In its evidence, the Human Rights Commission said:
"the heavy reliance on secondary legislation complicates the task of providing a human rights analysis of the Bill"
— because regulations are not available yet. It went on to say:
"the regulations should be subject to affirmative resolution or confirmatory procedure to ensure scrutiny against human rights standards ... the commission still stands by its advice ... on that matter: the secondary legislation should be subject to affirmative procedure."
Presumably, the Assembly would deal with that. Is there any update on that? I know that you have given us some of the details, for instance, about claimant commitment and that, but what people maybe know or do not know is that if one member of a couple does not sign that commitment — for whatever reason; possibly because of mental health or whatever — neither of those people will get benefit. We have talked about a cooling-off period of approximately four weeks. So, somebody could be without benefit for four weeks. Those are all issues that could well impact on equality and human rights.
Section 75 has primacy. We have asked the Equality Commission in particular whether it is the Welfare Reform Bill or section 75 that has primacy. Obviously, those are questions that possibly the Committee will be dealing with.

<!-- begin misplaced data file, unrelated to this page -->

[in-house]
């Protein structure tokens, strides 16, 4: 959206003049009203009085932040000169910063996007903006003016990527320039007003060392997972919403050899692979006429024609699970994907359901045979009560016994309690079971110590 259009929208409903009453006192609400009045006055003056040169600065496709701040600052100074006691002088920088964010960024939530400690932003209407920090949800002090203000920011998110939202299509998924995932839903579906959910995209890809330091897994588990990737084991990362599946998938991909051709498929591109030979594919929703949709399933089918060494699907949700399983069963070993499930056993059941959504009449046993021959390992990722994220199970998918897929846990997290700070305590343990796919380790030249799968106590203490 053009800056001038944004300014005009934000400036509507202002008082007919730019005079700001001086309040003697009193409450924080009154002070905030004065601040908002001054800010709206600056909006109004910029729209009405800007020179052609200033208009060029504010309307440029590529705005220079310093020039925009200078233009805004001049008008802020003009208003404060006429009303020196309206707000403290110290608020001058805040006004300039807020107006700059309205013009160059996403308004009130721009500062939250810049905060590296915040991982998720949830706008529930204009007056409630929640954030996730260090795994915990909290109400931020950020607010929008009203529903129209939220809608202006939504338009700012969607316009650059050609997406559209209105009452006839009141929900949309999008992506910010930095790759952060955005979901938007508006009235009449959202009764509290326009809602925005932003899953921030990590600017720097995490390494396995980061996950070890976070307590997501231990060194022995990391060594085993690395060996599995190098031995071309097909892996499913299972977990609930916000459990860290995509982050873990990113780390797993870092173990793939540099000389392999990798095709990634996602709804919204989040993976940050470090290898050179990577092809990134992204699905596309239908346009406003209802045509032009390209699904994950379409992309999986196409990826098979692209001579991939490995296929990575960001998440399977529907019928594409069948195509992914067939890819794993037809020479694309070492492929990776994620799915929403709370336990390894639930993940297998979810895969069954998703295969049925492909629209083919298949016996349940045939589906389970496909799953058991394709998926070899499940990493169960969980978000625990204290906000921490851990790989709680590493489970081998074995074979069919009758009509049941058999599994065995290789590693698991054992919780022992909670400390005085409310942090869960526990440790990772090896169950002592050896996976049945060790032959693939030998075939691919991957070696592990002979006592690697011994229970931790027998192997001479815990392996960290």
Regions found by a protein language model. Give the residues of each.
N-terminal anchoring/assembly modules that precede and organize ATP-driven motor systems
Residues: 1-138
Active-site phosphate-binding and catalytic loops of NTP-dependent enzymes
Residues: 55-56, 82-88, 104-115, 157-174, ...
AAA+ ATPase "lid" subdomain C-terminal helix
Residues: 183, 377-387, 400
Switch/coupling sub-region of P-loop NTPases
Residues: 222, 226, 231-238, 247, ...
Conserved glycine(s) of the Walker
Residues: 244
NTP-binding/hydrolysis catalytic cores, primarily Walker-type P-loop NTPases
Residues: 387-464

The devil is in the detail of the enabling legislation. You gave a very general summary of that, but a lot of the detail needs to be addressed. This Committee, presumably, will be one forum that will have to drill down into that detail, particularly in relation to equality and human rights. That is why we are here. I just wanted to make that point.
Ms M Campbell: I will try to remember all your points, Mickey.
When bringing through primary legislation, it would not be normal practice to have the regulations available. However, we have indicated that we are happy to discuss the version of the DWP regulations that went to the Social Security Advisory Committee. We believe that DWP will be laying its regulations on 10 December, at which stage we will obviously be a lot freer to discuss the content of those. The Northern Ireland drafts are not available yet, but we aim to bring those to the Social Development Committee, hopefully sometime in February, I think. That will be before Royal Assent, which, again, is a very unusual step. However, we are mindful of the Committee's concerns and want to try to facilitate as much scrutiny as we can. I take the point that a lot of this relies on an element of trust as to what is going to be in the regulations and that the regulations will be subject to equality screening, as all regulations are.
As for data limitations, I think that what the Equality Commission was referring to is the fact that the Department does not routinely collect information on race or sexual orientation.
Mr Pollock: There are a few of the section 75 groups, but, primarily, that is because affiliation to any of those groups is not a condition of the receipt of benefit. Therefore, there is no requirement or business need to collect data on that. As you know, there is a cost to collecting such data.
As Martina said, what we have done is to develop a policy simulation model, based on a model that has been used by DWP, to try to determine the impacts of welfare reform on the ground. This is being developed specifically for Northern Ireland. We have high-level information on the number of benefit recipients, but we have yet to work through all the different models and simulations that would say that this would have a certain impact on the ground.